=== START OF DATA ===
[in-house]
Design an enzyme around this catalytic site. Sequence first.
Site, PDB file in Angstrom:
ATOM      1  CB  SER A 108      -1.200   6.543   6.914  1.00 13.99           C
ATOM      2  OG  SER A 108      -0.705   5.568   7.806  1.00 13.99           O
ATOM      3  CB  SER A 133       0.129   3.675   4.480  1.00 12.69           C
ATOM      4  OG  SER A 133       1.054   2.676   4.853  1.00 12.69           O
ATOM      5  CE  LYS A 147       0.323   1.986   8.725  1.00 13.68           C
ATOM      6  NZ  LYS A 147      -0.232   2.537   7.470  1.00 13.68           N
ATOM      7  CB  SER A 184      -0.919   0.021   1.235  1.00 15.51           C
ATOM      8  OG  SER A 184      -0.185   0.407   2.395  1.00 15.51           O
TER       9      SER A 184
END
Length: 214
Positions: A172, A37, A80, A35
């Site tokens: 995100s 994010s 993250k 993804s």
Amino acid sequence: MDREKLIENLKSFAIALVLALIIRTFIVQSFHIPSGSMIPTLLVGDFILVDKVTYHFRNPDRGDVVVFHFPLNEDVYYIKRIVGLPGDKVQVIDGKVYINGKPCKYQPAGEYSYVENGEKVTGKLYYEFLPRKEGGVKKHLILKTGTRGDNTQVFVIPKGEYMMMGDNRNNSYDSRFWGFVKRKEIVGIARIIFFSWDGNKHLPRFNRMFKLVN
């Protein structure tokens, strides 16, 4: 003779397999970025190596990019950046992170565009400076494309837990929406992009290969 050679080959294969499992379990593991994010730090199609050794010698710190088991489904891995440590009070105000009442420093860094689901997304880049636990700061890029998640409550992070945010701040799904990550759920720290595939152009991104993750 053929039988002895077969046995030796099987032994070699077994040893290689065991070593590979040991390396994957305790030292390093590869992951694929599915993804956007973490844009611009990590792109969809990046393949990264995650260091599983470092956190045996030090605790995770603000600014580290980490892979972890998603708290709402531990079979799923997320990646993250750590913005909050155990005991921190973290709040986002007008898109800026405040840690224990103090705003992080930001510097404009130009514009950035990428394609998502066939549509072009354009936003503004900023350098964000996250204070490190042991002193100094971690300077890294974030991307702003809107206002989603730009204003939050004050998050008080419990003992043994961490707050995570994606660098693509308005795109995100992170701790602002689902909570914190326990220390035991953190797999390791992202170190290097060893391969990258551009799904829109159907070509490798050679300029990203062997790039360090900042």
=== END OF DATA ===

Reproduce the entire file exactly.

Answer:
[in-house]
Design an enzyme around this catalytic site. Sequence first.
Site, PDB file in Angstrom:
ATOM      1  CB  SER A 108      -1.200   6.543   6.914  1.00 13.99           C
ATOM      2  OG  SER A 108      -0.705   5.568   7.806  1.00 13.99           O
ATOM      3  CB  SER A 133       0.129   3.675   4.480  1.00 12.69           C
ATOM      4  OG  SER A 133       1.054   2.676   4.853  1.00 12.69           O
ATOM      5  CE  LYS A 147       0.323   1.986   8.725  1.00 13.68           C
ATOM      6  NZ  LYS A 147      -0.232   2.537   7.470  1.00 13.68           N
ATOM      7  CB  SER A 184      -0.919   0.021   1.235  1.00 15.51           C
ATOM      8  OG  SER A 184      -0.185   0.407   2.395  1.00 15.51           O
TER       9      SER A 184
END
Length: 214
Positions: A172, A37, A80, A35
């Site tokens: 995100s 994010s 993250k 993804s």
Amino acid sequence: MDREKLIENLKSFAIALVLALIIRTFIVQSFHIPSGSMIPTLLVGDFILVDKVTYHFRNPDRGDVVVFHFPLNEDVYYIKRIVGLPGDKVQVIDGKVYINGKPCKYQPAGEYSYVENGEKVTGKLYYEFLPRKEGGVKKHLILKTGTRGDNTQVFVIPKGEYMMMGDNRNNSYDSRFWGFVKRKEIVGIARIIFFSWDGNKHLPRFNRMFKLVN
């Protein structure tokens, strides 16, 4: 003779397999970025190596990019950046992170565009400076494309837990929406992009290969 050679080959294969499992379990593991994010730090199609050794010698710190088991489904891995440590009070105000009442420093860094689901997304880049636990700061890029998640409550992070945010701040799904990550759920720290595939152009991104993750 053929039988002895077969046995030796099987032994070699077994040893290689065991070593590979040991390396994957305790030292390093590869992951694929599915993804956007973490844009611009990590792109969809990046393949990264995650260091599983470092956190045996030090605790995770603000600014580290980490892979972890998603708290709402531990079979799923997320990646993250750590913005909050155990005991921190973290709040986002007008898109800026405040840690224990103090705003992080930001510097404009130009514009950035990428394609998502066939549509072009354009936003503004900023350098964000996250204070490190042991002193100094971690300077890294974030991307702003809107206002989603730009204003939050004050998050008080419990003992043994961490707050995570994606660098693509308005795109995100992170701790602002689902909570914190326990220390035991953190797999390791992202170190290097060893391969990258551009799904829109159907070509490798050679300029990203062997790039360090900042």